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More OASIS-E Guidance from the January 2023 OASIS Q&As

    The Centers for Medicare & Medicaid Services (CMS) have released the January 2023 OASIS Q&A sessions, which provide guidance on OASIS-E documentation in complex situations. These questions which were received by the CMS help desk from Q4 of 2022 address certain topics about BIMS interview items, mental status, and SDoH, among others. By answering these questions, CMS aims to help clinicians and home health agencies ensure accurate and compliant documentation in the new OASIS-E.

    Here are the most relevant and helpful items from the new set:

    When to use OASIS-D and OASIS-E

    Can CMS please provide further guidance on the transition from OASIS-D to OASIS-E. For example, if we initiate an OASIS at the end of 2022 but completed the assessment in 2023 should we be completing OASIS-D or OASIS-E? Does this change if we are recertifying a patient at the end of 2022 and the first day of the new 60-day certification period is in 2023?


    The effective date for OASIS-E is January 1, 2023. The version of OASIS that should be collected will be based on the M0090 – Date Assessment Completed. The M0090 date is the last date that information used to complete the comprehensive assessment and determine OASIS coding was gathered by the assessing clinician and documentation of the specific responses was completed.

    With this transition to OASIS-E, there is no need for the use of artificial M0090 dates. All assessments with a M0090 – Date Assessment Completed on or before December 31, 2022 including the last 5 days of 2022 must be completed with OASIS-D1. This is true even when the first day of the new certification period is on or after January 1, 2023.

    All assessments with a M0090 – Date Assessment Completed on or after January 1, 2023 must be completed with OASIS-E. This is true even when the assessment was initiated in 2022


    How is “baseline” defined at discharge for C1310A – Acute Onset Mental Status Change? 

    The intent of C1310 – Signs and Symptoms of Delirium is to identify any signs or symptoms of acute mental status changes as compared to the patient’s baseline status.

    As stated in the Coding Instructions for C1310A – Acute Mental Status Change, Code 1, Yes, if patient has an alteration in mental status observed or reported or identified that represents an acute change from baseline. 

    Examples of acute mental status changes:

    • a patient who is usually noisy or belligerent becomes quiet, lethargic, or inattentive
    • a patient who is normally quiet and content suddenly becomes restless or noisy
    • a patient who is usually able to find their way around their living environment begins to get lost.

    At discharge, compare the patient’s current mental status to their baseline mental status (prior to the discharge assessment time period under consideration). 

    J0510, J0520, J0530

    For the pain interview items, how do we define the term “over the past 5 days”? Does the day of assessment count as day 0 and then you count back, or is the day of assessment considered day 1 and then you count back?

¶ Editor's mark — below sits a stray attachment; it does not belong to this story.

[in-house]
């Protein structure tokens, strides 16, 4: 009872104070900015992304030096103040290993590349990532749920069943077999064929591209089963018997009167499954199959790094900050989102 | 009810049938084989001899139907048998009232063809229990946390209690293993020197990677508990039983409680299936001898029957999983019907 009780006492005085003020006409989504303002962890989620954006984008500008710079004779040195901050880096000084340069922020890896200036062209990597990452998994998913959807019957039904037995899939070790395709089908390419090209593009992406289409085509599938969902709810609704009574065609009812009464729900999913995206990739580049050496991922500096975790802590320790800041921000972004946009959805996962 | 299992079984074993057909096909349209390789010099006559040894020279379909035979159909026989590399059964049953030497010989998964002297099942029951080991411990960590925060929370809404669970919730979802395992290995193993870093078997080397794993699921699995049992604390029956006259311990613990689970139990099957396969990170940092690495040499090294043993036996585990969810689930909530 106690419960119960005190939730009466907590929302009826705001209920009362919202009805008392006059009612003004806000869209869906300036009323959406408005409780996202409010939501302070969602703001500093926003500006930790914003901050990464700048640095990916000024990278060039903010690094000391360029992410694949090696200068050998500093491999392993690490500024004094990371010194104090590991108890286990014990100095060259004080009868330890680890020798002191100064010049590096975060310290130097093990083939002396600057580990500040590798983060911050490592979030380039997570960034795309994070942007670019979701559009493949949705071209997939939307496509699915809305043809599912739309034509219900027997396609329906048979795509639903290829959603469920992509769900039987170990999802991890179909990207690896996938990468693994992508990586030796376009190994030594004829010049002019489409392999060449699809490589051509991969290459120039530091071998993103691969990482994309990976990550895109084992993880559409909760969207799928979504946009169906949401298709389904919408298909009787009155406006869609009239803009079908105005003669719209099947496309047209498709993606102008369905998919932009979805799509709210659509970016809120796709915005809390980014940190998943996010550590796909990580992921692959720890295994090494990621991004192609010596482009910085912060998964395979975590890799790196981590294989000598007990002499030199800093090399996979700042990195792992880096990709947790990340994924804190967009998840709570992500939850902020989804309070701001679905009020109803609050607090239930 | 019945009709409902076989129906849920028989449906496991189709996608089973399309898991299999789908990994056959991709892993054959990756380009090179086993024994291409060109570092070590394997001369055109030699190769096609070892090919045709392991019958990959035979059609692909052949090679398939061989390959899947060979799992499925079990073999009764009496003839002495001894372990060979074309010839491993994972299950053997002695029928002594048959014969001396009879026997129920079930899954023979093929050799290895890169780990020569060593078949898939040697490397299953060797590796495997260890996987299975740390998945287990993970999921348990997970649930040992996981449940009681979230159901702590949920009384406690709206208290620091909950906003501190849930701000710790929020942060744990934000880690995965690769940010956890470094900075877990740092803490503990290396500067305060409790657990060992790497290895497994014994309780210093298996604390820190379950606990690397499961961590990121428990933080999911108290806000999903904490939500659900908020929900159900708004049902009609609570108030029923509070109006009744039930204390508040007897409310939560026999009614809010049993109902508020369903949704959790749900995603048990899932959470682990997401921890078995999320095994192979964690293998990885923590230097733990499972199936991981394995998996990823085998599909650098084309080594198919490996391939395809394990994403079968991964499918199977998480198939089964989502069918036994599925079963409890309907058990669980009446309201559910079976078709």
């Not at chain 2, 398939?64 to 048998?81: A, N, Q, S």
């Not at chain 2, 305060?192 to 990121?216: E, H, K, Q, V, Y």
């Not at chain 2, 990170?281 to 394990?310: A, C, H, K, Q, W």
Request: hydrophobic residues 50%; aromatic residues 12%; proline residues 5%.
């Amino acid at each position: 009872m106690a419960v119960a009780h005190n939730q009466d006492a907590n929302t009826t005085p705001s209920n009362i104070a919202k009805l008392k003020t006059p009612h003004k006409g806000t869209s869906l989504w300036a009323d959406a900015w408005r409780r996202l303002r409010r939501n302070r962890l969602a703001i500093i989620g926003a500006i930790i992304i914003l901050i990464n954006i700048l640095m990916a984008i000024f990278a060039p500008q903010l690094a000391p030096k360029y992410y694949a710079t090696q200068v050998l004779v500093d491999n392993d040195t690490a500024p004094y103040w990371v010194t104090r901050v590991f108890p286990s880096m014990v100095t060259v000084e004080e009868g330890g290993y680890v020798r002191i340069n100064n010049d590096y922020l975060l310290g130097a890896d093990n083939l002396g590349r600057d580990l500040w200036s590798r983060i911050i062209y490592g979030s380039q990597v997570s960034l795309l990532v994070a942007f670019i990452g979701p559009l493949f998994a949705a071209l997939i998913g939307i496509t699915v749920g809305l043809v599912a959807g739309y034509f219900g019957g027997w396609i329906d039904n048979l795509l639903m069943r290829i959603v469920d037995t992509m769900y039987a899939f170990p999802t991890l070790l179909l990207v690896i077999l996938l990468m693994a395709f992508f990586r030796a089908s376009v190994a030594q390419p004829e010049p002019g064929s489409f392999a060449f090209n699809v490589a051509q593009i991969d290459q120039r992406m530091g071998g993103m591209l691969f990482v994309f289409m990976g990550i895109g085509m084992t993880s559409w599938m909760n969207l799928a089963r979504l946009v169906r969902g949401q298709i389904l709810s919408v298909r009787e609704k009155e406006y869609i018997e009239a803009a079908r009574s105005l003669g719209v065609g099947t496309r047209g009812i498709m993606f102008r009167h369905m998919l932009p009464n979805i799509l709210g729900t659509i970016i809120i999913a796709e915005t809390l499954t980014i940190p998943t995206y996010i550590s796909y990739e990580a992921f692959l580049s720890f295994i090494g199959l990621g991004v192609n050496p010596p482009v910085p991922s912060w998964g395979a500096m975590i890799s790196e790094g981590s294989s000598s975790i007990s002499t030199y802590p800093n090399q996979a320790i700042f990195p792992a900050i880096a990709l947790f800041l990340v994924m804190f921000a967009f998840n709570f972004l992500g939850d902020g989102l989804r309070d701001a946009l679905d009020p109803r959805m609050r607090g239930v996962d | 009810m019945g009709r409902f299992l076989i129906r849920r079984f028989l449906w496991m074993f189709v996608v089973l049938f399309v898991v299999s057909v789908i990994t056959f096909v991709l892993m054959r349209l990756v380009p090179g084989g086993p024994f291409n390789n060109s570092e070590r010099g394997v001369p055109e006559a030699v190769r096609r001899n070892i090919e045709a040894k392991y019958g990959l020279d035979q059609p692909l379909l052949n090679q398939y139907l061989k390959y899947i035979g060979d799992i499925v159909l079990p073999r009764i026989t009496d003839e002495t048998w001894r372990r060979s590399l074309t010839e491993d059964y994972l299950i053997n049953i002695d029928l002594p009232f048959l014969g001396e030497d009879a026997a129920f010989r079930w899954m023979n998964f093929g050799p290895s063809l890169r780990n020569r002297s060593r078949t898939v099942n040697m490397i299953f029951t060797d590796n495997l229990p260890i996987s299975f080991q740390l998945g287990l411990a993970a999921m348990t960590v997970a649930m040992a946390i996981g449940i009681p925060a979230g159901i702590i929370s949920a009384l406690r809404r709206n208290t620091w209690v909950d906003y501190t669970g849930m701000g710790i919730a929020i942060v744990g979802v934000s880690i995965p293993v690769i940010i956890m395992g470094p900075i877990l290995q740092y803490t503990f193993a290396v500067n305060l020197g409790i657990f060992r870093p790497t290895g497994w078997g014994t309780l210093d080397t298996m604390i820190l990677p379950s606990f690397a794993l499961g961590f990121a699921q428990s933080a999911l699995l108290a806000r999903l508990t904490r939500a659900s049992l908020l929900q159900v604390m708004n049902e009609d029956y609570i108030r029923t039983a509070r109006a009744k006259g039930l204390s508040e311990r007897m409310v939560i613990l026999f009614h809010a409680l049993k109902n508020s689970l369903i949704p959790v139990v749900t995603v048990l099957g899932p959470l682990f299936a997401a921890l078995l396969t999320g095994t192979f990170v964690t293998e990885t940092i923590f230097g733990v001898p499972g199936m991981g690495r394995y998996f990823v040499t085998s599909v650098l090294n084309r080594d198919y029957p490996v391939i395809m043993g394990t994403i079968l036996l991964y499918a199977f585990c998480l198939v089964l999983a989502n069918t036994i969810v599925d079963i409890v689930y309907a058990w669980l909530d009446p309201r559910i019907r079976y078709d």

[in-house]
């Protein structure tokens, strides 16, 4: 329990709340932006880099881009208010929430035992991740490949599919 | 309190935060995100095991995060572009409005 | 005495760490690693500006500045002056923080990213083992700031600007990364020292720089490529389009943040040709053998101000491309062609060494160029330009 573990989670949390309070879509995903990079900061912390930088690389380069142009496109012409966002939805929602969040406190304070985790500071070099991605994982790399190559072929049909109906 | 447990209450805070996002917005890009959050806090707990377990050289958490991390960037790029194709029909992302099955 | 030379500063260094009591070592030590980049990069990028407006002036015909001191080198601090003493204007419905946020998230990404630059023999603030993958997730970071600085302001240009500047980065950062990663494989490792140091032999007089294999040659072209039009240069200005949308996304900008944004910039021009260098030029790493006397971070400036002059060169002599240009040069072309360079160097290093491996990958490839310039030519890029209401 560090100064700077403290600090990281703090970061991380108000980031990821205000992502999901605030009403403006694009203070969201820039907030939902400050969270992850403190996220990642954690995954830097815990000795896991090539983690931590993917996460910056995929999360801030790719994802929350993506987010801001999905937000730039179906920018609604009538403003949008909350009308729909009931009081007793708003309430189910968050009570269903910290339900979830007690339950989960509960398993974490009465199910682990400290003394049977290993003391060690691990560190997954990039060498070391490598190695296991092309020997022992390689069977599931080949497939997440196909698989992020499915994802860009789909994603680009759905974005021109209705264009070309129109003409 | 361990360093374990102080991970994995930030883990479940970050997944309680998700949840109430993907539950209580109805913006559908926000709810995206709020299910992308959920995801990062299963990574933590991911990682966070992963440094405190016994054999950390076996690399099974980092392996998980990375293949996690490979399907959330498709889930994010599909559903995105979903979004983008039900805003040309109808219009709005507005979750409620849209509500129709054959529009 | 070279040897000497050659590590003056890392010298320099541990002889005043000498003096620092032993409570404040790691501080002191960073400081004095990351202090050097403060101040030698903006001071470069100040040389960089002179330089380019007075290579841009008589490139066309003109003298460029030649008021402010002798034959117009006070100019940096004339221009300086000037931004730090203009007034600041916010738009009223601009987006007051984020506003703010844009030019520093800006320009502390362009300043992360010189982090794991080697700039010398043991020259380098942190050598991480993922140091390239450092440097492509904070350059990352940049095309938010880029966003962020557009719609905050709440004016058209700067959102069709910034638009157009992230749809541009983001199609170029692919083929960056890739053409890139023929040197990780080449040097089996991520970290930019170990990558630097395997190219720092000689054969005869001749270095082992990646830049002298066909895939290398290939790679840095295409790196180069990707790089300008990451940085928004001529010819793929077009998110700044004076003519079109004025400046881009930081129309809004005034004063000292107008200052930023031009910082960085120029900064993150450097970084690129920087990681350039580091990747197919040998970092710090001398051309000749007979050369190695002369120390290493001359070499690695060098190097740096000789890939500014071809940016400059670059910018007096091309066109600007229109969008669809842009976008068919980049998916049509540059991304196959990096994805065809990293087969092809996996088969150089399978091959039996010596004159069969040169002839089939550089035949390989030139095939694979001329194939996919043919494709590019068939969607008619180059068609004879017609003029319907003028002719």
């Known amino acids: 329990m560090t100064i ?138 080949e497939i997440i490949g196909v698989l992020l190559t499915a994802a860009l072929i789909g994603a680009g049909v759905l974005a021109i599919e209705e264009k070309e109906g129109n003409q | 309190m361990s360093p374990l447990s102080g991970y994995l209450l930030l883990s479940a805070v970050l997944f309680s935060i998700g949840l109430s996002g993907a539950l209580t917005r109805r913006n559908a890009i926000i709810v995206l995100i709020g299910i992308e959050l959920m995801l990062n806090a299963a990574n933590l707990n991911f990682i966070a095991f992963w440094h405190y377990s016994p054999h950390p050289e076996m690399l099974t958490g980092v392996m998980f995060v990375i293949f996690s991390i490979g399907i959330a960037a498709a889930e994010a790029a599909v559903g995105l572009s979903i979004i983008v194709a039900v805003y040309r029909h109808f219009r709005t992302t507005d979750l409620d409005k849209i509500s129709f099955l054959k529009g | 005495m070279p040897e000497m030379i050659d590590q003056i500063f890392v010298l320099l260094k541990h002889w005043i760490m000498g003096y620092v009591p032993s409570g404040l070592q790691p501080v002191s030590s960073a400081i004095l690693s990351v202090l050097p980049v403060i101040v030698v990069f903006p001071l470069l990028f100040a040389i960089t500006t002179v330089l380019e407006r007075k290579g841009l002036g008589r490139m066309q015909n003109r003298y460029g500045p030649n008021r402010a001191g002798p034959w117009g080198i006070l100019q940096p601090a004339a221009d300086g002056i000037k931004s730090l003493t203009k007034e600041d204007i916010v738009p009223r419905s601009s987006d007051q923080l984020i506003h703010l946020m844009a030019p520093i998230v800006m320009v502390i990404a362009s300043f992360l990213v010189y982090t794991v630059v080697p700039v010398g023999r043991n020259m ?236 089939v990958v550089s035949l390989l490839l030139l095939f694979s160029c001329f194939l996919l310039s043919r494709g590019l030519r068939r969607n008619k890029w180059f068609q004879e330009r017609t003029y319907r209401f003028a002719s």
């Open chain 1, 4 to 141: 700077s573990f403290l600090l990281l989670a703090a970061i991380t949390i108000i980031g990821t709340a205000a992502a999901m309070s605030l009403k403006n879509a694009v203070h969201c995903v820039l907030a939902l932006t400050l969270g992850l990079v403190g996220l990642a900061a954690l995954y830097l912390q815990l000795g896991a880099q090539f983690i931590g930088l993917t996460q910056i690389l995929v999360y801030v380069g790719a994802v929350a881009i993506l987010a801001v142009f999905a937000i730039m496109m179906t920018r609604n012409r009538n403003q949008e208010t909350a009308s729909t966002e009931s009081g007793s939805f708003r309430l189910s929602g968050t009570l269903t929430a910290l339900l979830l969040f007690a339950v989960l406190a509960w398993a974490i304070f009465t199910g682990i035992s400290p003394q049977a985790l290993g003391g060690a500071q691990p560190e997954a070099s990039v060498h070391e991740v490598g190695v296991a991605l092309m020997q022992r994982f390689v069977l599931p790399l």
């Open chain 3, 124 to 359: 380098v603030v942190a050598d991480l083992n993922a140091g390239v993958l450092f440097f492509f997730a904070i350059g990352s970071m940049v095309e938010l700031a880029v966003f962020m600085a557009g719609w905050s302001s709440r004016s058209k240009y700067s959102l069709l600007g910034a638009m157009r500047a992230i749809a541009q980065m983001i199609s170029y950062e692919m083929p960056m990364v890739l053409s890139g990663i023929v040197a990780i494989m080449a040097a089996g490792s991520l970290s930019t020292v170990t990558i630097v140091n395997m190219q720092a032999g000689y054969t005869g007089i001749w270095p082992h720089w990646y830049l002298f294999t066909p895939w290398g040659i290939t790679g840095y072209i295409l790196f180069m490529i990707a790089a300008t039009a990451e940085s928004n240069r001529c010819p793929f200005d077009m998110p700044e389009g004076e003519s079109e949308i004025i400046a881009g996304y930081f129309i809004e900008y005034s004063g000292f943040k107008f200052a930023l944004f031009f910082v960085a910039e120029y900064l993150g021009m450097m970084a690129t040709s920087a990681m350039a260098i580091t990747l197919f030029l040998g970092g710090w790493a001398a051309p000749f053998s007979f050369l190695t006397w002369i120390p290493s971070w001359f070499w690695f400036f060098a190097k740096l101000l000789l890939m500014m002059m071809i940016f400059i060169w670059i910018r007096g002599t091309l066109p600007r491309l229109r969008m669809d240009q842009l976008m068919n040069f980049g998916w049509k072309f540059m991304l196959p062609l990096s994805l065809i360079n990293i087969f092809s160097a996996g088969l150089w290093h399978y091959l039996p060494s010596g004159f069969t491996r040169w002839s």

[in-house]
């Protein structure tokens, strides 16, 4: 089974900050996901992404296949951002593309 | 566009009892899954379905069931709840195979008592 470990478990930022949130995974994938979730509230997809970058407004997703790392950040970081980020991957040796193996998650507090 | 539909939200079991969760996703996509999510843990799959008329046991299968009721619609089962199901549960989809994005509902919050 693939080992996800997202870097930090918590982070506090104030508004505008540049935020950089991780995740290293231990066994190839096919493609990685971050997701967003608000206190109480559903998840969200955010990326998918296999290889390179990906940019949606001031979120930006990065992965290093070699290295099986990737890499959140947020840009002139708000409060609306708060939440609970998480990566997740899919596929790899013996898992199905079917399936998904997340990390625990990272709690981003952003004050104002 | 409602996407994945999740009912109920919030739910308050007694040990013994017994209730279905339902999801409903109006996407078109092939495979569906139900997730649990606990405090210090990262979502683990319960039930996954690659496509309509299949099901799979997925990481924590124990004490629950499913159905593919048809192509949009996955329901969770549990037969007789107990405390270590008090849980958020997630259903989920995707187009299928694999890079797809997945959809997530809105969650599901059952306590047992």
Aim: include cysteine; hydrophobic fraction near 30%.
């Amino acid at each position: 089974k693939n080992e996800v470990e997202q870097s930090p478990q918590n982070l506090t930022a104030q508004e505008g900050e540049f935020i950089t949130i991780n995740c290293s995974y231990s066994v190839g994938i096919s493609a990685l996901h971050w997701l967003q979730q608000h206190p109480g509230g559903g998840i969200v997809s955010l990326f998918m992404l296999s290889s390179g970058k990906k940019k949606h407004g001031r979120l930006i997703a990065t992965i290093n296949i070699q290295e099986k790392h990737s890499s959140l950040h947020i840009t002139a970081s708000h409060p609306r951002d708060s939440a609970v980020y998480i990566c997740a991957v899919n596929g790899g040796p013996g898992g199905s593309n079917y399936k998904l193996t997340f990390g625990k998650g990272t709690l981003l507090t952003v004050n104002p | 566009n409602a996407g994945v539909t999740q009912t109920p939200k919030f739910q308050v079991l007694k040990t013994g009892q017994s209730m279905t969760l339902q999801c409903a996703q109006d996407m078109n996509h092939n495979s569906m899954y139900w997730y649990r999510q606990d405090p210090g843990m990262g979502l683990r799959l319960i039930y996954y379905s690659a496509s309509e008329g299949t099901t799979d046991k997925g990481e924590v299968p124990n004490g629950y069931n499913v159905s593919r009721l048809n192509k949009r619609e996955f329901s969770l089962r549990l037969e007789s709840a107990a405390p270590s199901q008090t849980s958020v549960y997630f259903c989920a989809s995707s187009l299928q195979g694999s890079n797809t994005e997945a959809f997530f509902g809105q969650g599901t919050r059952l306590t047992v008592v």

For the Pain Interview items (J0510, J0520, and J0530) the day of assessment is considered day 0. The time period under consideration or “look back” for the pain interview item includes the day of assessment in addition to looking back over the last 5 days.


    Would an AV fistula be reported in O0110O1 – IV Access?

    An AV fistula does not meet the definition of IV Access for O0110O1. If there is not a current IV access in place at the time of assessment, and no other treatments, programs, or procedures listed in O0110 apply to the patient then code O0110Z – None of the above.

    A patient’s current care/treatment plan includes an order for PRN IV Lasix. At the time of the assessment and during the assessment timeframe the patient did not meet the parameters established by the physician to administer the Lasix. We understand that we would check O0110H1 – IV Medications, since the PRN IV Lasix is part of the patient’s current care/treatment plan, even though it is not being received during the assessment timeframe. Would we also report O0110O1 – IV Access, even though the IV Access is not in place or needed during the assessment timeframe?

    The intent of O0110 – Special Treatments, Procedures, and Programs is to identify any special treatments, procedures, and programs that apply to the patient. If there is not a current IV access in place at the time of assessment do not code IV access for O0110O1, even if a treatment which would require an IV access is part of the patient’s current care/treatment plan.

    Maintaining OASIS Accuracy

    The Q&As by CMS provide valuable insights on how to approach the OASIS documentation in various situations. Indeed, OASIS-E requires thorough analysis of each patient case for full compliance.

    Leverage your quality assurance team to review accuracy of OASIS responses especially on items that impact payments. It may take some time for clinicians to get familiar with all the new changes in OASIS-E, hence it would greatly help to have another set of eyes checking your documentation to make sure you maintain compliance and optmize reimbursements.